Once I watched the Academy Awards red carpet with my ex-boyfriend’s family and when Maggie Gyllenhaal came on screen, I was like, “Oh, I love Maggie Gyllenhaal,” and they all said “EWWWWWW” in unison. I felt terrible about it. Ah, memories! Anyway, I still love Maggie Gyllenhaal — I think she’s really cute and smart and interesting and generally makes solid fashion choices. What’s not to love? Also, “Donnie Darko” forever. But I don’t know how I feel about this Christian Dior knit peplum dress item she’s got going on at the “White House Down” NYC premiere. I think it’s been styled beautifully — appropriately, very minimalist — and her makeup looks fantastic, but that ruffled pep (no? sorry) is WILD. Since I can’t seem to make up my mind, could you maybe clarify how I should be feeling right now? Also, do you think I could crowdsource the rest of my life decisions forever? That would take a lot of the pressure off.
Starring Maggie Gyllenhaal, Hugh Dancy, Felicity Jones, and Rupert Everett
I wanted to love “Hysteria.” I really did. It has Maggie Gyllenhaal being her ball-busting feminist self, Hugh Dancy looking adorable, and the entire film is about the invention of my favorite thing on Earth, the vibrator.
But instead of being the kind of kickass film that had me texting my girl friends, You have to see this movie, “Hysteria” turned out to be pretty much be a rom-com that tries, and fails, to do “A Dangerous Method.” And it fails badly.
“Hysteria” is set in 1880s London and stars Hugh Dancy as Dr. Mortimer Granville, a dedicated, passionate young doctor who is fired from his job at a hospital for trying to introduce newfangled practices to cut back on germs. He’s hired at a private practice for Dr. Dalrymple, who practices “women’s medicine.” But Dr. Granville quickly finds out that the cure his boss is using to help women with their “hysteria” — anxiety, sadness and “nymphomania” — is squirting lubricant on his hands and … well … rubbing her clitoris. Keep reading »
“[My] favorite thing was a woman in Italy said to me, ‘Which do you think has done more for women’s equality and emancipation, the vibrator or the dishwasher?’”
– Poor Maggie Gyllenhaal. All her promotion for “Hysteria” — her new film with Hugh Dancy about the invention of the vibrator — is going to force her to talk about vibrators. Again. And again. And again. She must be getting so bored. (And horny.) However, I do love how one commenter on this interview with the New York Times answered, “Neither — the birth control pill and the washing machine.” That’s probably true. [NY Times]
There’s been a heck of a lot of talk about Portland lately, what with the Fred Armisen/Carrie Brownstein show “Portlandia,” all about how the city stuck in the ’90s with its progressive politics and its locavore restaurants and its whole DIY artisinal cheese vibe. Watching “Portlandia” was a little headsmackingly close to home for me, though, because I live in Brooklyn. And not just any part of Brooklyn — Greenpoint, which is the Polish neighborhood directly to the north of Hipster Ground Zero, Williamsburg. Since Winona lives in Portland, we decided to compare and contrast our two fair cities — after all,”Portlandia” spawned an awful Brooklyn parody called Brokelandia (don’t watch it, it’s truly appalling). The verdict? Well, we’ve got Maggie Gyllenhaal. How you like us now?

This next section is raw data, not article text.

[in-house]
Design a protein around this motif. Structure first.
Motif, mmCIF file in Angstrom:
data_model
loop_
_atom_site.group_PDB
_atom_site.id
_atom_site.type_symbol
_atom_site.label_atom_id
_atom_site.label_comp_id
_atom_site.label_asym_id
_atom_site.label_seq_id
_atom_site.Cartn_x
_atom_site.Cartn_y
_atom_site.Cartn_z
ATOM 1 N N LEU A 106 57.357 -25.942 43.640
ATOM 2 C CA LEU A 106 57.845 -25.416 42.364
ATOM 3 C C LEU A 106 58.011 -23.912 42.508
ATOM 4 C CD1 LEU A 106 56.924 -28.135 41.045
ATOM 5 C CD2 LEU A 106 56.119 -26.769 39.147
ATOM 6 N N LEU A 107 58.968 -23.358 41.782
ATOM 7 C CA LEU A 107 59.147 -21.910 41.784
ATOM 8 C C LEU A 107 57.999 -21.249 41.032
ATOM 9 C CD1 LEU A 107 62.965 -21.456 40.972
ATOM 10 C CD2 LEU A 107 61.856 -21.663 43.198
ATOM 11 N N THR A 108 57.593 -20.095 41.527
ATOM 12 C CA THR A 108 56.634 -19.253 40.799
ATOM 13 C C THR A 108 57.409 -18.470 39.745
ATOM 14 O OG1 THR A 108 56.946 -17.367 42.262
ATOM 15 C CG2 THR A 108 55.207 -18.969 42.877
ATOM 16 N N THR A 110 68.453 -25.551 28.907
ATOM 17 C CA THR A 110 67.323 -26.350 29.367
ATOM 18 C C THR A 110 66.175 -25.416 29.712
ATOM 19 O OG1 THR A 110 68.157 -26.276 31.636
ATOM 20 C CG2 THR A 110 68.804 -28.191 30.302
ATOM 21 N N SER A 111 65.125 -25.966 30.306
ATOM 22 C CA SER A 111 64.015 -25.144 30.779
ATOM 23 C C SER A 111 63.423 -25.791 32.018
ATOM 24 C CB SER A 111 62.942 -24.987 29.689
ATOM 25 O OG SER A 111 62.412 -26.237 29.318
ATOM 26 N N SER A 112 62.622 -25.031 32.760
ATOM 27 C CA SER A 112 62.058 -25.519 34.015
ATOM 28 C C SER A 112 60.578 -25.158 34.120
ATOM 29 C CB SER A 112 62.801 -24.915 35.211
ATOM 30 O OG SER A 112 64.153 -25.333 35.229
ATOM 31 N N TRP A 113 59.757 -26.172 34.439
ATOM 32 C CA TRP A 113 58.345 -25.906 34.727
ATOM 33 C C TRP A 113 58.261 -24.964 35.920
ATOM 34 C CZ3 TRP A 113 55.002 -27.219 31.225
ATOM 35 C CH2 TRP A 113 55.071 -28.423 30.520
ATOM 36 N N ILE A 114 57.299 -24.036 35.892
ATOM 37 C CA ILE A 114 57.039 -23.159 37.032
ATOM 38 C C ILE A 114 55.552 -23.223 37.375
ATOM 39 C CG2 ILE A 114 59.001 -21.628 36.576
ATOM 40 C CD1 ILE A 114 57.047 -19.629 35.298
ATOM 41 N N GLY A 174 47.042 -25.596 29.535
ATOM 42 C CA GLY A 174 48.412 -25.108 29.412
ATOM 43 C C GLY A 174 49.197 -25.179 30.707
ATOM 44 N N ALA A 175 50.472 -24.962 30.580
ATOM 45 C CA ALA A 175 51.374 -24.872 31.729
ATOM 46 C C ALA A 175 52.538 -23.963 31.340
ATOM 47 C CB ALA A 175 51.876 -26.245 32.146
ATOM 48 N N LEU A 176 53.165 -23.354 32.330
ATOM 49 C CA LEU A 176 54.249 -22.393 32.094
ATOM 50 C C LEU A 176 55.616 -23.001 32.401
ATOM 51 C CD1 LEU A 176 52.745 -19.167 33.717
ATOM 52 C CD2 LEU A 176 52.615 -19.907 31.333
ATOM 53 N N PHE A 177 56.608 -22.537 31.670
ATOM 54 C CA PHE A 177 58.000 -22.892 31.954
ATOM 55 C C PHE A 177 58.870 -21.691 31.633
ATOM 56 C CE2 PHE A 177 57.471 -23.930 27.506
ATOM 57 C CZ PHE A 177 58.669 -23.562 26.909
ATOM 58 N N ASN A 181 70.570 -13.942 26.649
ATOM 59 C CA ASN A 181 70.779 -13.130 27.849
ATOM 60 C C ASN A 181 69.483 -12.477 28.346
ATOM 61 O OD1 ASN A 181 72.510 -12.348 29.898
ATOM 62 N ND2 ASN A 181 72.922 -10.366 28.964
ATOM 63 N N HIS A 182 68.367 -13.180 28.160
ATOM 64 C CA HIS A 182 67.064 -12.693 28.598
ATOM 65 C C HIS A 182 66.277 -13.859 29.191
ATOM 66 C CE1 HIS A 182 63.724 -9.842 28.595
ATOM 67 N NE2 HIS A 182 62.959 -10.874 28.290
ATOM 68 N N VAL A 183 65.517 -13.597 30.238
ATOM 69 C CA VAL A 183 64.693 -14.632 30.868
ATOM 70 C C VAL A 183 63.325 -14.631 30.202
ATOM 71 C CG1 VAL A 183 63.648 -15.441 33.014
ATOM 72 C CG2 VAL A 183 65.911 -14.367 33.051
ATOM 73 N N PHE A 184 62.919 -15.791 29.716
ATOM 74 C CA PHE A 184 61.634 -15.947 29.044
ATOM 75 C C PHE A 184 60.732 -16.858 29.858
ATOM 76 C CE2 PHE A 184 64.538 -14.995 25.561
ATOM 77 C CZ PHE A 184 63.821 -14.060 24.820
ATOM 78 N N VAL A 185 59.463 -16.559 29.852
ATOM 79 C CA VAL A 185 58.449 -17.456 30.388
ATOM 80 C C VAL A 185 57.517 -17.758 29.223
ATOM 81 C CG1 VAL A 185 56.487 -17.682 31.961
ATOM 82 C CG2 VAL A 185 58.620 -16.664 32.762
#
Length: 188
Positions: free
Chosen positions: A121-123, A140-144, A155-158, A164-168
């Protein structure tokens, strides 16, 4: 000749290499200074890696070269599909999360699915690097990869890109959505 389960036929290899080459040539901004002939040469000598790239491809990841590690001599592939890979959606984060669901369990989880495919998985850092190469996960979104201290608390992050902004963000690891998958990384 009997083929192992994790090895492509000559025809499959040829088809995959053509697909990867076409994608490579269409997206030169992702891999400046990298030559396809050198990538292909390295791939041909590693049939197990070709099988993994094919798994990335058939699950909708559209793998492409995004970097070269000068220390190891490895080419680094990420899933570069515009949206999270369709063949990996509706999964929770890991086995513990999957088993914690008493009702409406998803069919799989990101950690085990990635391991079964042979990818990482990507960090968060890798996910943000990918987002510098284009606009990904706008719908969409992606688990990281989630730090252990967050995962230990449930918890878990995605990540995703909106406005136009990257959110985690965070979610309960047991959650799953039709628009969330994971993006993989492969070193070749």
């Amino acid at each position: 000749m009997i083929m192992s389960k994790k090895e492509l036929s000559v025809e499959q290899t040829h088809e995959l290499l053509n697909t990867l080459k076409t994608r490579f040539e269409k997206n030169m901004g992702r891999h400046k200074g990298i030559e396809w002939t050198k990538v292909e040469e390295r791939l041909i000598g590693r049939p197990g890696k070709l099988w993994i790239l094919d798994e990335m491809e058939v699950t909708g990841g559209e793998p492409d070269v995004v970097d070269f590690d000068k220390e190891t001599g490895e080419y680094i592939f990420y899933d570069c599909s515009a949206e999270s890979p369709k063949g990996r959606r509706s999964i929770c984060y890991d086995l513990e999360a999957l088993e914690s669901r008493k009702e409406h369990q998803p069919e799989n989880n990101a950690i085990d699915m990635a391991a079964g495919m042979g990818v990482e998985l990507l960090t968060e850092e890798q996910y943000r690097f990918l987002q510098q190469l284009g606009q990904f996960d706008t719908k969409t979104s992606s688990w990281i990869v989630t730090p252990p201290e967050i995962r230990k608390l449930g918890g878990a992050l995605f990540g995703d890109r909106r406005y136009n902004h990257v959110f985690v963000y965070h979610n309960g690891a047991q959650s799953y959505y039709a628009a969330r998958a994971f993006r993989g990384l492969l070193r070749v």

“By the time I finished the movie I’d been sent maybe 15 vibrators by different people in London with vibrator stores. It was a pleasant surprise. So I have this incredible collection, and I actually use like one or two of them. I lend them to my friends, and they’ll take them for six months at a time.”
— Maggie Gyllenhaal, who is starring in the movie “Hysteria,” about the invention of the vibrator, is very generous. But I find it a bit strange that her friends borrow her vibrators and then presumably give them back. Like checking books out at the library. Huh. [Contact Music] Keep reading »
The time before the invention of the vibrator is a dark period of world history which I prefer not to think about. But imagine, ladies, if you will, a period when all of a woman’s problems were attributed to “hysteria,” a vague pathological affliction which doctors found could best be cured by applying pressure to a woman’s most delicate regions. A suffering woman could be relieved of her hysteria by hand, of course, but the world needed a device to get the job done more quickly. “Hysteria” premieres at the Toronto International Film Festival next month and stars Hugh Dancy as a young doctor in Victorian England and Maggie Gyllenhaal as his boss’s daughter, who knows at the root of all these hysterics is a need for pleasure. God bless electricity, that’s all I have to say. [YouTube] Keep reading »